A motorcycle stunt rider turns to robbing banks as a way to provide for his lover and their newborn child, a decision that puts him on a collision course with an ambitious rookie cop navigating a department ruled by a corrupt detective.
A teacher lives a lonely life, all the while struggling over his son's custody. His life slowly gets better as he finds love and receives good news from his son, but his new luck is about to be brutally shattered by an innocent little lie.
Thomas Bo Larsen,
A mysterious and mythical motorcycle racer, Luke, (Ryan Gosling) drives out of a traveling carnival globe of death and whizzes through the backstreets of Schenectady, New York, desperately trying to connect with a former lover, Romina, (Eva Mendes) who recently and secretly gave birth to the stunt rider's son. In an attempt to provide for his new family, Luke quits the carnival life and commits a series of bank robberies aided by his superior riding ability. The stakes rise as Luke is put on a collision course with an ambitious police officer, Avery Cross, (Bradley Cooper) looking to quickly move up the ranks in a police department riddled with corruption. The sweeping drama unfolds over fifteen years as the sins of the past haunt the present days lives of two high school boys wrestling with the legacy they've inherited. The only refuge is found in the place beyond the pines. Written by
Two months before filming, Andrij Parekh, who shot Blue Valentine (2010), refused to do the film largely because of the Globe of Death stunt in the opening. According to Derek Cianfrance, Parekh spoke to him on the phone saying he refused to do the film because he had dreamed that he would be killed during filming. This nearly became a reality, as during the filming of the stunt, cinematographer Sean Bobbitt was himself nearly killed; luckily he was only knocked unconscious when a motorcycle landed on top of him during filming the second take of the stunt inside the cage. At the time, he was wearing heavy protection gear and a helmet. See more »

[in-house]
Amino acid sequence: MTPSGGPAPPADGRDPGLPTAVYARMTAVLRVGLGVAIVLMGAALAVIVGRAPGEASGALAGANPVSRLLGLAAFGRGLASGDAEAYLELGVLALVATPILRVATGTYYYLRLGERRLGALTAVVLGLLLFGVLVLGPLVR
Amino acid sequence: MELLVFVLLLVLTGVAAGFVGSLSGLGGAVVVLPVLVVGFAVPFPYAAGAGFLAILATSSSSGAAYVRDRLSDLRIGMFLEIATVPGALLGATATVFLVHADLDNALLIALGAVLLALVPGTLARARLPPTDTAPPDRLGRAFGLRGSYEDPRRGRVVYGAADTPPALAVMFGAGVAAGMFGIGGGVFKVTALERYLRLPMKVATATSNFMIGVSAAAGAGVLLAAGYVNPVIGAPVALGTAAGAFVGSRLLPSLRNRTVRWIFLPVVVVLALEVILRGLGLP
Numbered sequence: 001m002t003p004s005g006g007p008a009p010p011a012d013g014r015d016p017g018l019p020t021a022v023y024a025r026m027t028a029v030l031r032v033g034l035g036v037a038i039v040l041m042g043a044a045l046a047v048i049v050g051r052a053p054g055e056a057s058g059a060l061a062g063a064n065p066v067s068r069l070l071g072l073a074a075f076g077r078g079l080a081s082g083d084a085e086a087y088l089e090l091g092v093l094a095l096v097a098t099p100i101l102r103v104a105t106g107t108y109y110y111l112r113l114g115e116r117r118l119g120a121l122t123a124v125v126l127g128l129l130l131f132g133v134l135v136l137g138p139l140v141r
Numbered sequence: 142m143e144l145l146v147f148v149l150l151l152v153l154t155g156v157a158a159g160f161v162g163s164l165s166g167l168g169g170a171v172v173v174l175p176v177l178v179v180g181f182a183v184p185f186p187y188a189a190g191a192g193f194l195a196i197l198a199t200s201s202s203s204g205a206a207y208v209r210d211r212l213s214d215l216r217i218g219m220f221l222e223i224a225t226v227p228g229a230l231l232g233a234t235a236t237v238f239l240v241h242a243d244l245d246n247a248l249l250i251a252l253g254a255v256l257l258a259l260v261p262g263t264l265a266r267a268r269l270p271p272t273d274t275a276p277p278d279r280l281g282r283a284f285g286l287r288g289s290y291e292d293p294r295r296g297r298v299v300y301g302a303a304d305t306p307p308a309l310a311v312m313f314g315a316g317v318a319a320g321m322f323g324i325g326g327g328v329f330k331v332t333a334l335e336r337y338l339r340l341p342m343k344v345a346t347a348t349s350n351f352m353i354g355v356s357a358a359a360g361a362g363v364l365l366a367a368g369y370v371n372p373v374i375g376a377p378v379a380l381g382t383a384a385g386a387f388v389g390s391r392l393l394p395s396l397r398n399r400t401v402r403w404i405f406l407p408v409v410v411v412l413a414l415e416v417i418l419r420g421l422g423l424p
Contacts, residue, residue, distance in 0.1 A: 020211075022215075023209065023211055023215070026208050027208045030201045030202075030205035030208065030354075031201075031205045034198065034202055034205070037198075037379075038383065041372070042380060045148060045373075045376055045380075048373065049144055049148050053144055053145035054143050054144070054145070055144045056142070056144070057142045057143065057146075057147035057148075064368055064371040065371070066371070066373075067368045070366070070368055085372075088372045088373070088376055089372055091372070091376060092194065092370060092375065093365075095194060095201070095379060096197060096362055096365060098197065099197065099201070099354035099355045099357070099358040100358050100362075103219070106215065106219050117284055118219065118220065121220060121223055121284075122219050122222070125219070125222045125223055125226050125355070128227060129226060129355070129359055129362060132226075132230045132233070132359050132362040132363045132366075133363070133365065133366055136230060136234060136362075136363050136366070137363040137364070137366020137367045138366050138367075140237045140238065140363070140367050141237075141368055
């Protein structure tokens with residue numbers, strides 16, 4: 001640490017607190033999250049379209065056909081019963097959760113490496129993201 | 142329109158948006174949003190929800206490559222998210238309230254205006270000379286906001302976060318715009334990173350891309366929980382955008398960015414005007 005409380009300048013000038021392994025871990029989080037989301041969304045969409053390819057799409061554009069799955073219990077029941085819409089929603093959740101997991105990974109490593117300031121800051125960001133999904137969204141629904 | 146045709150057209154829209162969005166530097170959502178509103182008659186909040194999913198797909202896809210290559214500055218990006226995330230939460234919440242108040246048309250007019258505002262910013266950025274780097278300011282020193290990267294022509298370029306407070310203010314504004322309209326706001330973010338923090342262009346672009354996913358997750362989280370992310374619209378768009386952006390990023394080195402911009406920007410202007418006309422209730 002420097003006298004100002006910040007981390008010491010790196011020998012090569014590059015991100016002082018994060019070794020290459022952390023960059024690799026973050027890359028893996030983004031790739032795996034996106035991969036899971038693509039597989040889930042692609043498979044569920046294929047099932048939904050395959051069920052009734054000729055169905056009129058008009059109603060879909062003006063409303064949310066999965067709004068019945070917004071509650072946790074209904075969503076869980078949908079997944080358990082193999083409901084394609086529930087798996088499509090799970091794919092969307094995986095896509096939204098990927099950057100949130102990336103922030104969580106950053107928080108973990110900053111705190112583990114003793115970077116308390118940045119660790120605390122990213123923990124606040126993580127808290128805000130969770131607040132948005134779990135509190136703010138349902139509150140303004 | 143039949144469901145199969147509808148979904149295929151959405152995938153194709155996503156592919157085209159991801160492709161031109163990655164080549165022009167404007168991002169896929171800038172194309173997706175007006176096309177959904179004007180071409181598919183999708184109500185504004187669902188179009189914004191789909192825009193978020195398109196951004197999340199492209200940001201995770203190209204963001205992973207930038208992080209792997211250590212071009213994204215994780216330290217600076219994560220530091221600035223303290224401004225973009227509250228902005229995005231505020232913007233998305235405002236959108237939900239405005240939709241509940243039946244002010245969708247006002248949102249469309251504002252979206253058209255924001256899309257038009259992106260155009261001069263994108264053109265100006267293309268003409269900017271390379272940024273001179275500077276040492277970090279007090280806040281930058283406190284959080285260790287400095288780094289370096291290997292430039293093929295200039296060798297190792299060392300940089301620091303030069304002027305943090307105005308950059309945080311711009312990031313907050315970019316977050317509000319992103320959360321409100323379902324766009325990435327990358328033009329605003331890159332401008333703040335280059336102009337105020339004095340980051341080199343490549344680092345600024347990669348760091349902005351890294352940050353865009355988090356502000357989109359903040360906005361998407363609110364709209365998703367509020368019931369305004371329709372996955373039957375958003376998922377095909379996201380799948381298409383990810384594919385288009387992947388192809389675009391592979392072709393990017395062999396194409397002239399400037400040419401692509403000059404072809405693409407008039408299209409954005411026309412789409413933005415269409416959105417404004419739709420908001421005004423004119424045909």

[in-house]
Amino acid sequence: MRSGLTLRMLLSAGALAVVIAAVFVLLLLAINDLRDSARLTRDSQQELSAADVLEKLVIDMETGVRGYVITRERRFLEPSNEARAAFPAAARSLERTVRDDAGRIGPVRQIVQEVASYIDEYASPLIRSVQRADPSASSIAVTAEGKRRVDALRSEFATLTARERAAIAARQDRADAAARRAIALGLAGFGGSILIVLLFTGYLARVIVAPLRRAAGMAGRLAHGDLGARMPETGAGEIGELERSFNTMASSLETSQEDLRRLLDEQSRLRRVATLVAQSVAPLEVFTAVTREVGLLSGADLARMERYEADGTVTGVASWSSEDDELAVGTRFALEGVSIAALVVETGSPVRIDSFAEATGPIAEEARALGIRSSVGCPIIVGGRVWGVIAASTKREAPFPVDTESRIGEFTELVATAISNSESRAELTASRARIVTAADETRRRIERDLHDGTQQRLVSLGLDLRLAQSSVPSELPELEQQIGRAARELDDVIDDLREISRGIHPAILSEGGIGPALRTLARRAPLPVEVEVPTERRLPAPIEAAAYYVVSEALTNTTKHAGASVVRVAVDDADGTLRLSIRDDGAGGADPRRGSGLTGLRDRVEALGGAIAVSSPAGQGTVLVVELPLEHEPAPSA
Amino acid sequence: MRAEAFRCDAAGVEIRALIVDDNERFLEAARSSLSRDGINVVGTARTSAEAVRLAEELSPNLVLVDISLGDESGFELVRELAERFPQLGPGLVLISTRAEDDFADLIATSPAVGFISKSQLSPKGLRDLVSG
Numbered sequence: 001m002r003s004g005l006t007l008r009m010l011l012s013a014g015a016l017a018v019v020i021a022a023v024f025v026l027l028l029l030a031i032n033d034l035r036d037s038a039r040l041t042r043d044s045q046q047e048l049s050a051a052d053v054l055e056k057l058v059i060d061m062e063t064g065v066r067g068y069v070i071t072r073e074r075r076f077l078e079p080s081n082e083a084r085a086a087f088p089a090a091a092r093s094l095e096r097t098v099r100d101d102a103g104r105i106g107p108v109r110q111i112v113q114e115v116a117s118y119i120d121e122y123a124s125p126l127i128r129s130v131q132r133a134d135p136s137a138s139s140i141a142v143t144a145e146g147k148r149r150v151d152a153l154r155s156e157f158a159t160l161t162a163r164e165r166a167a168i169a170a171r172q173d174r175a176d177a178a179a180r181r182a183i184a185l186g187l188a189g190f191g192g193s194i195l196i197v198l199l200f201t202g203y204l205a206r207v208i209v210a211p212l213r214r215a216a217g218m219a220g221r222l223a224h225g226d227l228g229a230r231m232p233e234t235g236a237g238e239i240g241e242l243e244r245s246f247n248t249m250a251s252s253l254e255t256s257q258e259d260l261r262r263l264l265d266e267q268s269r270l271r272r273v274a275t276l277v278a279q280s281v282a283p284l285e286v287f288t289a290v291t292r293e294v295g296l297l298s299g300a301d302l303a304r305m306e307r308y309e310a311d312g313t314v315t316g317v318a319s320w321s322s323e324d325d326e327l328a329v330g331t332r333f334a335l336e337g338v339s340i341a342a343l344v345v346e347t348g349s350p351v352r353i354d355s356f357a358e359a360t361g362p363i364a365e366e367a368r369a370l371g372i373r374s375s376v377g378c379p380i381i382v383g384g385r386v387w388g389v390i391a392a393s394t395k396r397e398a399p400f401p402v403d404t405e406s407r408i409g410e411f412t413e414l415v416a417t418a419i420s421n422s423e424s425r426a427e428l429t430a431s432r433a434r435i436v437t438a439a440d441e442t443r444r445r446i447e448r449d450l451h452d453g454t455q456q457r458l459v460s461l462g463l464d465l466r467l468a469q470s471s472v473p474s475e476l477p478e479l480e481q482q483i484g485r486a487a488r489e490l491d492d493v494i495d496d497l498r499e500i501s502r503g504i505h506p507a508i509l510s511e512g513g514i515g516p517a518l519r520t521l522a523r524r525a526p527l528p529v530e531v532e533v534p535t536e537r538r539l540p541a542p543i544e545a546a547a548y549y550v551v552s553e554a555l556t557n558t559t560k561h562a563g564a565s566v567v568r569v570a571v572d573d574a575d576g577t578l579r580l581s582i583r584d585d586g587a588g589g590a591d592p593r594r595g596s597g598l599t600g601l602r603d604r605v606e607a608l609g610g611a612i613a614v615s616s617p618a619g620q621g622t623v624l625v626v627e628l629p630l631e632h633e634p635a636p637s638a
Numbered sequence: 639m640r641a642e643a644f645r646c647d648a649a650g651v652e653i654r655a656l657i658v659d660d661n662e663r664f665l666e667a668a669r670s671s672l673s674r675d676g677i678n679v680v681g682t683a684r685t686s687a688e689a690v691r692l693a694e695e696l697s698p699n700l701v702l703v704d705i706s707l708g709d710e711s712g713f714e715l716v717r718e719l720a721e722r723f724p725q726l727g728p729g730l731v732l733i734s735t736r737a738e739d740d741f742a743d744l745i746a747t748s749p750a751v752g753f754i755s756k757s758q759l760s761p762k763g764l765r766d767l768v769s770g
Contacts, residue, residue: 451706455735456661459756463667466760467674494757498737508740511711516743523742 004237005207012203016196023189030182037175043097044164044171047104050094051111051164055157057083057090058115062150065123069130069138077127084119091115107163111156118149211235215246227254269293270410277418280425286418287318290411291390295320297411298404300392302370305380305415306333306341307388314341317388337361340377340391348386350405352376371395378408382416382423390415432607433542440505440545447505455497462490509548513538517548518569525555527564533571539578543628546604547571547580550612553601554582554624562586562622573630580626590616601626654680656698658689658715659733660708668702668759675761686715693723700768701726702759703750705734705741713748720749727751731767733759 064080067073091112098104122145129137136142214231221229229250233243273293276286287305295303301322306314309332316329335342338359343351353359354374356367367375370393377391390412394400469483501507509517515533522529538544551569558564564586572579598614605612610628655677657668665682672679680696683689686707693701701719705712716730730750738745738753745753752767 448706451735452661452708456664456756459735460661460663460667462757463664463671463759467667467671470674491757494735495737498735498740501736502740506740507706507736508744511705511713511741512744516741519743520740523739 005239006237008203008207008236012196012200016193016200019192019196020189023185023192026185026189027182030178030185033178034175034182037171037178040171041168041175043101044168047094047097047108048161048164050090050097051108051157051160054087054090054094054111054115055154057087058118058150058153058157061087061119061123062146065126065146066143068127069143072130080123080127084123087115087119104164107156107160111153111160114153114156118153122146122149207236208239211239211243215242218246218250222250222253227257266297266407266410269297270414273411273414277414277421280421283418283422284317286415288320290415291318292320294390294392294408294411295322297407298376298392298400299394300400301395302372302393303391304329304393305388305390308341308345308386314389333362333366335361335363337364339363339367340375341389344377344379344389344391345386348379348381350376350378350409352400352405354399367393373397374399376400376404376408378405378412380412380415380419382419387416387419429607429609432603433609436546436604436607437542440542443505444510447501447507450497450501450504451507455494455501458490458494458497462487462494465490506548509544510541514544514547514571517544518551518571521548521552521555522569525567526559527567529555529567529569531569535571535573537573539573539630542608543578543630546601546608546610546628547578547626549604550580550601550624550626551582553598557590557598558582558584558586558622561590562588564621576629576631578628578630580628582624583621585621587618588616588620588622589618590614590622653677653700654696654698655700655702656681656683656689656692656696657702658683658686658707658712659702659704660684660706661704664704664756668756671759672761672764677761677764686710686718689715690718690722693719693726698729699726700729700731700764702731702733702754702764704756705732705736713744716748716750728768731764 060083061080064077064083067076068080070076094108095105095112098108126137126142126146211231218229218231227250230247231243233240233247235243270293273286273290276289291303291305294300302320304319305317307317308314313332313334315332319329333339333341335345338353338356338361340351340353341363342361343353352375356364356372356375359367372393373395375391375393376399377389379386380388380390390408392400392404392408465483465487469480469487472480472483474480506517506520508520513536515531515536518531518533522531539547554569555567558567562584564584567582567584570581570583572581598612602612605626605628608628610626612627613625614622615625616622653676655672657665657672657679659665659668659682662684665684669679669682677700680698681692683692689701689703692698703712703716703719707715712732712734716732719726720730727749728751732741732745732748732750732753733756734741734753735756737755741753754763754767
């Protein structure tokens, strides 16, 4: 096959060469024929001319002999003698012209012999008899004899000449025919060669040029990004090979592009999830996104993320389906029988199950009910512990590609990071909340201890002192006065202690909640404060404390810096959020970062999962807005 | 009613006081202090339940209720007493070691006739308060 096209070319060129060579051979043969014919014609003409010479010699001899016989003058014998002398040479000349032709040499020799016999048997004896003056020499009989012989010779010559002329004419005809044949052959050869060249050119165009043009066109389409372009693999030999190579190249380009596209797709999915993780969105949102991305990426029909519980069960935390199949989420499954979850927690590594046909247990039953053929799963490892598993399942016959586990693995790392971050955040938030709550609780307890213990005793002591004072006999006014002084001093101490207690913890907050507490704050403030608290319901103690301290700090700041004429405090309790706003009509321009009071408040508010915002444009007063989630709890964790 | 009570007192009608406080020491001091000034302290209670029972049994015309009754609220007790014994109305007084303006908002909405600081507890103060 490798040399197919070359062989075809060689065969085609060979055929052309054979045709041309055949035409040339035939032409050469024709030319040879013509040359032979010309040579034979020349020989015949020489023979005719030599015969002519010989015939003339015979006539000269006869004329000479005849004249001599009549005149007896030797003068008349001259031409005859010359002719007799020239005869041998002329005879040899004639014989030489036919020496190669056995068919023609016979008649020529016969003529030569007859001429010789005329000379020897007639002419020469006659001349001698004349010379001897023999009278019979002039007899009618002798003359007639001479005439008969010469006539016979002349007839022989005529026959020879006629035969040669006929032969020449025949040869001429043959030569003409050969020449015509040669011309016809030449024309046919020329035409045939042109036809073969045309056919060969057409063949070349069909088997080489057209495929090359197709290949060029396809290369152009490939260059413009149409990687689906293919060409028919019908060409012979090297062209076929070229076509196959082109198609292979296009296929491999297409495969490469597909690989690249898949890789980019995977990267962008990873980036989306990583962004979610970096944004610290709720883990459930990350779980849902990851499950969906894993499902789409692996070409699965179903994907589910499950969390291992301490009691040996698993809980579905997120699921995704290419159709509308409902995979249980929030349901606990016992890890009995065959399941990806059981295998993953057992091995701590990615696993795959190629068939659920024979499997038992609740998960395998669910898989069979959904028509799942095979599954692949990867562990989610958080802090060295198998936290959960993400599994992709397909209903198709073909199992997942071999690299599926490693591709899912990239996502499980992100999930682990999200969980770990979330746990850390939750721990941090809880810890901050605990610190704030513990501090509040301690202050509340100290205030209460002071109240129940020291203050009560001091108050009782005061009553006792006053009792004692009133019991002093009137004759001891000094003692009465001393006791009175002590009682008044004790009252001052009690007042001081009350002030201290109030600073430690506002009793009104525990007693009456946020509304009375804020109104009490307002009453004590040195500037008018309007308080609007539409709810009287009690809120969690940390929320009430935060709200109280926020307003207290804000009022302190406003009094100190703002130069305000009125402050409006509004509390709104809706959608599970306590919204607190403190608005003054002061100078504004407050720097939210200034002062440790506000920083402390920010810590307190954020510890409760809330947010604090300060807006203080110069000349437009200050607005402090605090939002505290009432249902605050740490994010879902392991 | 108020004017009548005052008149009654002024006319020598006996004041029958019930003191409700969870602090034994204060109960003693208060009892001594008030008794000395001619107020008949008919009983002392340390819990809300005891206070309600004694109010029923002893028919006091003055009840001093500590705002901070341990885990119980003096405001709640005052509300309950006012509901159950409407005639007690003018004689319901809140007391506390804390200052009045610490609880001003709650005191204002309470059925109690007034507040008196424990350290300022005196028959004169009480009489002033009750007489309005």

In the swimming pool scene, Avery is lit by diffuse skylight as he rests on the edge of the pool. After the last cut to Al, which lasts only a few seconds, Avery is lit by bright sunlight. See more »
The trailer to this film is rather misleading. It's the equivalent of advertising the whole of Disneyland with just clips of Space Mountain again and again. There's a lot more going on here than Ryan Gosling robbing banks and being a general badass in The Place Beyond The Pines. There are in fact at least three main characters all with their own story. And while the Ryan Gosling section is, a bit like Space Mountain at Disney, the best bit of the package he is only one part of a much bigger picture.
A motor bike stunt rider finds out he has a son so packs in his day job and takes the logical step of robbing banks to provide for him. The story deals with the family life of the man as well as a rookie cop who exposes his police department to be corrupt.
I found the film very absorbing from the start with Ryan Gosling's character development on fast forward so at least 3 massive life events all happen in the first 20 minutes of the film. There's not a lot of action scenes but when there are they're very tense and exciting.
The family life aspect is quite heartwarming and you do believe that his character does love his son and wants to provide for him. There are fantastic believable acting performances all round here with Ryan Gosling and later on Bradley Cooper really showcasing their acting talents. It's engaging and I really cared what happened to both of their characters.
The main problem with the film is it's length and not knowing when to stop. The first part of the film is constantly engaging and would be a nine out of ten if the film stayed like that the whole way through. When the focus shifts from characters however it really doesn't feel as exciting and almost feels like the start of totally different movie. A movie that isn't bad but is nowhere near as good as the one you've just seen.
Every story told is linked obviously but sometimes it feels a tad loose. There is a dramatic time shift when the film reaches the 100 minute mark and what follows really seems to drag. It never really felt like it was going anywhere. It was by no means boring however, it just lost a bit of steam towards the end. The Place Beyond The Pines is worth a watch but just be prepared to have you're socks blown off and then have them planted firmly back on your feet as the film continues.
191 of 254 people found this review helpful.
Was this review helpful to you?